Psychiatric Wards. Mental Asylums. Institutions. Call them what you will – they have been the ideal vehicle for countless films and books over the years as the perfect playground for the horror genre to stretch its wings. With outings like Gothika, Session 9, and major studio releases like The Butterfly Effect setting a benchmark, the trick now is to try and dig something new out of the sand. Currently in vogue with directors is using the human mind like a stunning chess board or Russian Doll piece (Shutter Island, Identity), where layers can be stripped away and revelations granted with each subsequent piece removed. Here, legendary director John Carpenter has tasked himself with adding something new to the fray.
Oregon, 1966: After setting fire to an abandoned farmhouse, Kristen (Amber Heard) is committed to the North Bend Psychiatric Ward. She has a tenuous grasp on anything except her name … although remains confident in her unwavering sanity. At first the lack of details here are frustrating, but we keep watching because of the sheer uncertainty of it all. Slowly, Kristen is introduced to her fellow inmates: an all female clique of misfits and mavericks who give off subtle clues pertaining to Kristen’s predecessor and the ward’s history of a haunting. Throw in an ominous, unlikable nurse with a penchant for needles and a cryptic but likable Doctor and suddenly everything’s on the plate for a workable thriller.
The drawbacks? There are many - most notably the clunky, unrealistic dialogue and script shortcomings. No matter how much energy is vested in trying to create something epic here, at its core the plot fable is nothing more intricate than a stand-alone episode of Supernatural. This is old school horror (as testified by Carpenter himself), but as much as we pine for that yesteryear the sad fact is the world has ultimately moved on. In this era, snaring the attention of the collective tribe and keeping it there requires a lot more than merely paying homage to the thrillers of old. That said, this is still a grand step up from a film like Vampires: the musical score itself is a beautiful, child-like drone reminiscent of films like the original The Amityville Horror. Key jump moments are prevalent and accomplished with great effect. The entire hospital is mined like a character itself, with slick cameras speeding through the corridors and dowdy colors being used to reflect the chrome world of an asylum.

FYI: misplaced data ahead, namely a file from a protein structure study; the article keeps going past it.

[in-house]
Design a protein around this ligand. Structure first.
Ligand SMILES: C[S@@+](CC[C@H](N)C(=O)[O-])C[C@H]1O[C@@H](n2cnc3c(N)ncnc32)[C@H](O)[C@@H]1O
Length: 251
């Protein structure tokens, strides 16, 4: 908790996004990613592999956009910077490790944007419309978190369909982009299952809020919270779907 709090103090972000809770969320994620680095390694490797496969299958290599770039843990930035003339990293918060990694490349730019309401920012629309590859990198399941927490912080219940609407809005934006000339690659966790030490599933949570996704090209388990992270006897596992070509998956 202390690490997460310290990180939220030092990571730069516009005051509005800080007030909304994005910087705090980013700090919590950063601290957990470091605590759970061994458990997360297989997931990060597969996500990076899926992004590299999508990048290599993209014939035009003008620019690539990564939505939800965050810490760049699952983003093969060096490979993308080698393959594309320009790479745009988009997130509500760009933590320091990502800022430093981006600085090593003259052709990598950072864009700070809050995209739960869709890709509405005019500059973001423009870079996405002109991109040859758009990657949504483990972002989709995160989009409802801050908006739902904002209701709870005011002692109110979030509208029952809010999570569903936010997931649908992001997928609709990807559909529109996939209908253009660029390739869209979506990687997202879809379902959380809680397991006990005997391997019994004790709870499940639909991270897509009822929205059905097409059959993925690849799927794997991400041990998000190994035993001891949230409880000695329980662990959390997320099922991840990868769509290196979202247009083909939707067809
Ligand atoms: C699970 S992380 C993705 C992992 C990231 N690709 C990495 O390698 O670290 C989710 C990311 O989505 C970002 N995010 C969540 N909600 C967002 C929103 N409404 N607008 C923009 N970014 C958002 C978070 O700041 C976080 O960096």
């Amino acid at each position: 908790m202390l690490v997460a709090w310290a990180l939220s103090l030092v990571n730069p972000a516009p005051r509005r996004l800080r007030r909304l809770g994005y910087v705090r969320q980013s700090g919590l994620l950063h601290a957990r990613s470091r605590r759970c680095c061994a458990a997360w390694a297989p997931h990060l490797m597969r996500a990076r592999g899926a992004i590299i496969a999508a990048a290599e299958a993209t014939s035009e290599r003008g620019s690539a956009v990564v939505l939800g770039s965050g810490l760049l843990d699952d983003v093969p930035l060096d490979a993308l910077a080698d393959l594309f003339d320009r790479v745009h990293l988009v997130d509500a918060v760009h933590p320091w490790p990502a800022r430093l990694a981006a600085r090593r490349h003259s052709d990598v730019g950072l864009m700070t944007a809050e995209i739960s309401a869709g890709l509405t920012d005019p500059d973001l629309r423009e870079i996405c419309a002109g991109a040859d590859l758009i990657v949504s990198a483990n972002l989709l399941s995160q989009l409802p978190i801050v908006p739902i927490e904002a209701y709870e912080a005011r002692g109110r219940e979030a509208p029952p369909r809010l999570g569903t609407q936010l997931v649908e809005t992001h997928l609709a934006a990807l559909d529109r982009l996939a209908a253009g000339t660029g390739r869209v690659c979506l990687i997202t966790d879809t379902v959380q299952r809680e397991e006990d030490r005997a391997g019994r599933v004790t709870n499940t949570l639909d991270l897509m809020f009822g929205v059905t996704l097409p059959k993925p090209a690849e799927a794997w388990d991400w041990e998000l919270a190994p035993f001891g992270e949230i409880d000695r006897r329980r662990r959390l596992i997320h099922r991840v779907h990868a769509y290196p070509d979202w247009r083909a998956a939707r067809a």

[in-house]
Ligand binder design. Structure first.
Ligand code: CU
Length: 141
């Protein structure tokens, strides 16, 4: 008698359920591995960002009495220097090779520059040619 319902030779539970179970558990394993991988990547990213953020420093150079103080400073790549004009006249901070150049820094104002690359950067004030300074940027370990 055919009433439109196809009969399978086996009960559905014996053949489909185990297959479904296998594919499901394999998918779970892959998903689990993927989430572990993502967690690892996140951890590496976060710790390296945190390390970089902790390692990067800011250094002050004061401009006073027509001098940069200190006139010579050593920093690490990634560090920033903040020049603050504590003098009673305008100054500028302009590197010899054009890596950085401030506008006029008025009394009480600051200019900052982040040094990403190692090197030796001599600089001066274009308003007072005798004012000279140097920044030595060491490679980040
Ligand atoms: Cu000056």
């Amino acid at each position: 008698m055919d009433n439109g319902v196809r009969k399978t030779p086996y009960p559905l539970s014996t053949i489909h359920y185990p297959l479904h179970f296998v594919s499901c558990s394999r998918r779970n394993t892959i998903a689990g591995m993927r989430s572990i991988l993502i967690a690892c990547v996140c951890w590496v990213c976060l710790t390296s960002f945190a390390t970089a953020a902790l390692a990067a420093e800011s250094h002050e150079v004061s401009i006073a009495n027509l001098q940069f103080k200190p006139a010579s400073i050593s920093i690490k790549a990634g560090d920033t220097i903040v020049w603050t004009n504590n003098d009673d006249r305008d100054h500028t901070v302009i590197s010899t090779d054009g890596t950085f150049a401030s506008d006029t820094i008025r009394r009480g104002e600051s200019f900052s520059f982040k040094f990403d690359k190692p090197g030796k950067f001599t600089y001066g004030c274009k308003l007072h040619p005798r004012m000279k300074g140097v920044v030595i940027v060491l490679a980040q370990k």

After a lengthy delay of over a decade in celluloid John Carpenter returns to the genre he helped fashion and create. With a hit and miss ratio in latter years that has produced ambiguous results (milestones like In the Mouth of Madness but also fatally flawed outings like Ghosts of Mars), this is a bittersweet homecoming and one eagerly awaited by those that have traversed his career since the very beginning. If one goes into this with expectations that the man still has something groundbreaking to say - you will be sorely disappointed. But overall The Ward, for all its shortcomings, can still act as a worthy piece of Saturday-matinee entertainment.